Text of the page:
Ugh! One so tires of the “bad boy” or “enfant terrible” clichés about Prokofiev, and the annotator of this recital jumps on this band-wagon in the first paragraph. Indeed, Prokofiev was an independent thinker. He did sneak some pretty aggressive compositions past his more conservative teachers. Yes, he was a pianist of formidable physical strength and his compositions reflect this trait. It is even true that he was a sarcastic nose-thumber at times. But in order truly to appreciate a composer who was perhaps the most prodigious and gifted musician since Mendelssohn, we must get past the triteness of naughtiness. We need to find the composer whose melodies can elicit tears, a man who could speak as eloquently in a forty second miniature as he could in a forty minute symphony.
The Eighth Piano Sonata dating from 1944 is a dark-hued, richly textured and reflective work. There is little doubt that Prokofiev was influenced both by the calamity of the Second World War and by the incessant scrutiny of the Soviet Composer’s Union, an organization that permitted no artistic freedom whatsoever. In 1939, Stalin’s secret police arrested, tortured and executed Vsevolod Meyerhold, one of Prokofiev’s closest friends. War broke out in the same year, and in this time of upheaval, the composer turned once again to his own instrument and composed three monumental sonatas. The eighth sonata is a brooding piece, generally lacking the toccata-style keyboard pyrotechnics that are often hallmarks of the composer’s piano works. Instead, adventuresome harmonic progressions, dark moods - in spite of its major key setting - and bold contrasts in volume mark this lengthy and expansive work.
Jerry Wong finds all of the pathos in this music. He finds just the right pace to keep this intense piece on the move and yet still supplies all of the tension for which such a serious work calls. One might have wished for a bit more clarity on occasion. There were a few noticeable blurry passages where an over-ripe pedal got in the way of clean articulation, but these were few, and did not detract from Mr. Wong’s overall command of the piece.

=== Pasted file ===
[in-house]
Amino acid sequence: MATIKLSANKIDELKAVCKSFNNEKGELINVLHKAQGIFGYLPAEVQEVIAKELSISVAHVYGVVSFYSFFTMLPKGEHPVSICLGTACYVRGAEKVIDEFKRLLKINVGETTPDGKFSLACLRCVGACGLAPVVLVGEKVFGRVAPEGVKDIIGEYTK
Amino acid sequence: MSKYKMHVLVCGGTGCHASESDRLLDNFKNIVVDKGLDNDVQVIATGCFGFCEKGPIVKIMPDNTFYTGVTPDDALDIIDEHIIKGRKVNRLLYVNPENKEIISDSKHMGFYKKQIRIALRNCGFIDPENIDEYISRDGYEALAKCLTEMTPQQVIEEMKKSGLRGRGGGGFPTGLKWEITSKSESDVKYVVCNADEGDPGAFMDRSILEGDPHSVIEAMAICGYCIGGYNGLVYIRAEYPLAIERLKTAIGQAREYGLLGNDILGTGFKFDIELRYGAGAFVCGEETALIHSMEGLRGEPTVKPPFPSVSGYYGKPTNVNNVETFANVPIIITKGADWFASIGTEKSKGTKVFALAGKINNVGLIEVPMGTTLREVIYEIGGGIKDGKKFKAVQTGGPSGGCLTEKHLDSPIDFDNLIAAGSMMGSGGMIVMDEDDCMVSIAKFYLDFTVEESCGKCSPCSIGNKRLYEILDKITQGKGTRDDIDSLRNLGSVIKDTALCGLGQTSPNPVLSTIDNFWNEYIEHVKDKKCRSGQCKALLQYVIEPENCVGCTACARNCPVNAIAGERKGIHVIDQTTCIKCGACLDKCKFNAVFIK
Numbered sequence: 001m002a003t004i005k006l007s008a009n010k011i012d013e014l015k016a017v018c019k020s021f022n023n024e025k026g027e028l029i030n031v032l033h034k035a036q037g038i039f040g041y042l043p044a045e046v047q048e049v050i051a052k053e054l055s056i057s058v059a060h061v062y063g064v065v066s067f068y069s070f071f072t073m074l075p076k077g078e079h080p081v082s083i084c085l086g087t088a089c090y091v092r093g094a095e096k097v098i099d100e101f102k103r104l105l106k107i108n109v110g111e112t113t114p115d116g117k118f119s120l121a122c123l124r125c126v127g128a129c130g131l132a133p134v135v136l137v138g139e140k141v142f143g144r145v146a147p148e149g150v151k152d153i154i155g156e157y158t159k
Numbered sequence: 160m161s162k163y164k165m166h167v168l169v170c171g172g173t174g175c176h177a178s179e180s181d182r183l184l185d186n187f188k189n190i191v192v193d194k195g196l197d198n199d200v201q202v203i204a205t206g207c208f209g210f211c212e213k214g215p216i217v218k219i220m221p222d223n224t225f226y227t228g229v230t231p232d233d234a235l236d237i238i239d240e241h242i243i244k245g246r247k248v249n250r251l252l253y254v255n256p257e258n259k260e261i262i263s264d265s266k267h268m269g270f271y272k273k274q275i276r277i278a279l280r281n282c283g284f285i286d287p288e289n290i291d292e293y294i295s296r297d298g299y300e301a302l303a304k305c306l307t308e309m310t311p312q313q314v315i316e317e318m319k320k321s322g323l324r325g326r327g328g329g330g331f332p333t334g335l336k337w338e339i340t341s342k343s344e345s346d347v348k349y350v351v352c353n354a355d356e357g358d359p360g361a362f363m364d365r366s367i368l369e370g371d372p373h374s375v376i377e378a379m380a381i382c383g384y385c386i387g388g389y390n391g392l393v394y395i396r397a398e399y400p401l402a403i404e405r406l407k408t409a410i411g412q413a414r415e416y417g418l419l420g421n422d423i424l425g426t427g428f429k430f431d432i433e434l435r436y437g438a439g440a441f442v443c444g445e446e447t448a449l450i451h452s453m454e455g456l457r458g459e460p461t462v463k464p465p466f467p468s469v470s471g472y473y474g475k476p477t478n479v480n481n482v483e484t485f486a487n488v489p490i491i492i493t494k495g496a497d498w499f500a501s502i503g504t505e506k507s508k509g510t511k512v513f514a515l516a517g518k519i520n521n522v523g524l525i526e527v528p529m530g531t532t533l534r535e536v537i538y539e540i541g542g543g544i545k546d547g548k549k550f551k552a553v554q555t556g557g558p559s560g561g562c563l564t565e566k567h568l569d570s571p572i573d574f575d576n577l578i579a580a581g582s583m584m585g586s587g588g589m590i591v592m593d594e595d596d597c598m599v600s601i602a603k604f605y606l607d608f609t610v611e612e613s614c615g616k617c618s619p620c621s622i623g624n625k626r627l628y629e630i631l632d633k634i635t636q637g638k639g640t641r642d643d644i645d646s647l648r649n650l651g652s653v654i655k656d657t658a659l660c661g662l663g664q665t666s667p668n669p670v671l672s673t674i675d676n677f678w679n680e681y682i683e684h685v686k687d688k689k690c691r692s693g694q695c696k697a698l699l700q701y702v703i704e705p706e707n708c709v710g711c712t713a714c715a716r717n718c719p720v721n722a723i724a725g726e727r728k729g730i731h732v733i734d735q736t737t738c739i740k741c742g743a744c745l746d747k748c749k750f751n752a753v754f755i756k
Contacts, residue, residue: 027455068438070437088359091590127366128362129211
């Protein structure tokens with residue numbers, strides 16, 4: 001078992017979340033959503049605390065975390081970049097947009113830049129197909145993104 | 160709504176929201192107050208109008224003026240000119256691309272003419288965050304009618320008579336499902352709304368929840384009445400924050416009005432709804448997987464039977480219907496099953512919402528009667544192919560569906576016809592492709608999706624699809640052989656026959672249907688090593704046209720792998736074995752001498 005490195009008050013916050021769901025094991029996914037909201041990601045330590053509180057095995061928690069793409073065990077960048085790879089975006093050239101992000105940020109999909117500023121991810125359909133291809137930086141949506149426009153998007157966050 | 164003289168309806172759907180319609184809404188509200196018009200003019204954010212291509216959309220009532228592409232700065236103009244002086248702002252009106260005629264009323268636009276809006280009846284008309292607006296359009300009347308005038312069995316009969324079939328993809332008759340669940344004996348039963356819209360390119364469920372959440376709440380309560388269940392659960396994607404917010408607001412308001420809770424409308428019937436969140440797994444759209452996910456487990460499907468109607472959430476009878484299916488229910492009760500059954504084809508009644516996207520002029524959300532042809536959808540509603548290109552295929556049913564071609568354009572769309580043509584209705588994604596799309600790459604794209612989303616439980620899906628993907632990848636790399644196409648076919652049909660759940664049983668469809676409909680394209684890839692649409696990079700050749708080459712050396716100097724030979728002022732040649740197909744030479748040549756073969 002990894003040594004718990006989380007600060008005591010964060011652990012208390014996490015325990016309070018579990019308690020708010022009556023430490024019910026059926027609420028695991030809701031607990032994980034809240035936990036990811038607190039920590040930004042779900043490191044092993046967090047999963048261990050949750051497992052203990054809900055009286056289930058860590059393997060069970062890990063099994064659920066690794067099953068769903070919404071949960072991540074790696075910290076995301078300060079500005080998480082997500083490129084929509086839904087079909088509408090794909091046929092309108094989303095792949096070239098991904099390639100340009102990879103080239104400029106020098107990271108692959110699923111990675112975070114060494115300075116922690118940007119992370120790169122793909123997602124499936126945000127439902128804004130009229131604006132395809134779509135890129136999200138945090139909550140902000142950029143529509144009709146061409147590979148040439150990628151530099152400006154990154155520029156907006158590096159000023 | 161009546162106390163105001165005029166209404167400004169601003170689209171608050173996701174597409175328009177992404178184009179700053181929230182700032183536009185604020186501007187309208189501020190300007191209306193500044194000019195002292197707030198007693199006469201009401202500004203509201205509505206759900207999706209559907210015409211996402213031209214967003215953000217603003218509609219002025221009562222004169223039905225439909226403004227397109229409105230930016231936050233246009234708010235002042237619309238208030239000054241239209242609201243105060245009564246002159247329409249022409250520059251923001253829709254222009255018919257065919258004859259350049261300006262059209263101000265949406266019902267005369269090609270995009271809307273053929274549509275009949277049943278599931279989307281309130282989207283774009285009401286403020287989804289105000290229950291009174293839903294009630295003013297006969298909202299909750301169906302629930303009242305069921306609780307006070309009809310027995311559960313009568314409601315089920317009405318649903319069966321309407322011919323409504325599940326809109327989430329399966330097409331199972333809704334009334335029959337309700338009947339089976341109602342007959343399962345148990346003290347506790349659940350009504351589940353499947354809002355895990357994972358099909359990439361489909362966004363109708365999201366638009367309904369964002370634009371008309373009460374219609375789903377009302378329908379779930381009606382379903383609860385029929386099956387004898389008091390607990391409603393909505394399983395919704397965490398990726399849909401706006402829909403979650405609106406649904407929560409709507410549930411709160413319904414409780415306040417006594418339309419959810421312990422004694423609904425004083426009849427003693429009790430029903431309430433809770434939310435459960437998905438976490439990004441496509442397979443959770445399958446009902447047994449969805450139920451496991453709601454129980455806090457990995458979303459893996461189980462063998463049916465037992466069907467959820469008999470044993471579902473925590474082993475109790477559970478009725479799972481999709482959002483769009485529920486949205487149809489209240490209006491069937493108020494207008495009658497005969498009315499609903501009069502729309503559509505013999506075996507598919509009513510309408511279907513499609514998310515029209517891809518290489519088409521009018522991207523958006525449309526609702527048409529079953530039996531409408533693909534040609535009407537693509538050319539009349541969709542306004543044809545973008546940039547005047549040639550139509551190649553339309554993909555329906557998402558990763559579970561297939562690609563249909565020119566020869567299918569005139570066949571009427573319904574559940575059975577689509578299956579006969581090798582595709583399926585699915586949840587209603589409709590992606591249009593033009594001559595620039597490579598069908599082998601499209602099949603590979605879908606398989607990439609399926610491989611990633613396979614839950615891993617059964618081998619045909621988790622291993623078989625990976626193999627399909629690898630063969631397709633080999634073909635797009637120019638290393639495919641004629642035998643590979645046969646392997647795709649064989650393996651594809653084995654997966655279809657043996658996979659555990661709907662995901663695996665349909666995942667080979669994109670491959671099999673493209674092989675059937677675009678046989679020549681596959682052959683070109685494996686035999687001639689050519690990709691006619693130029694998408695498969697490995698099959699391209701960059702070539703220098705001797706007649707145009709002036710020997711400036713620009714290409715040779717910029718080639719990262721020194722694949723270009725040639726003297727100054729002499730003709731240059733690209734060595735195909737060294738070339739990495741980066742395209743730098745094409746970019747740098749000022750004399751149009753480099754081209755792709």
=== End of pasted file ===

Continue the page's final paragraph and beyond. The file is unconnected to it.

The Four Pieces, Op. 4 hail from Prokofiev’s student years, but there is no doubt that the composer was already possessed of strong ideas and a big streak of independence. These brief works show the composer as lyrical and aggressive, playful and serious, and there is no doubt as to his virtuosity as a pianist. Mr. Wong has the finger power for these bold little gems, but again, I was a bit disturbed by his tendency to mash down the pedal and let everything run together. Prokofiev was a master of counterpoint, and that gift gets disguised at times in Mr. Wong’s over-sustained performances.
The Visions Fugitives were inspired by this line from a poem by Konsantin Balmont (1867-1942): “In every fugitive vision I see worlds, full of the changing play of rainbow hues.” Prokofiev thus presents twenty fleeting works, some less than one minute in duration that are likely modeled on the Bagatelles of Beethoven or the character pieces of Schumann. Some are lyrical, some are aggressive and some are dreamy. It is in these little sketches that we find Mr. Wong at his best. His playing is limpid and energetic, and he elicits a wonderfully crystalline tone, particularly in the upper register of the piano.
This recital is worth the price of admission in particular for the Visions Fugitives. I rather prefer Frederic Chiu’s outstanding account of the sonata released some years ago on Harmonia Mundi. But don’t let a little blurry pedalling dissuade you from checking out this worthy and generally well played recital.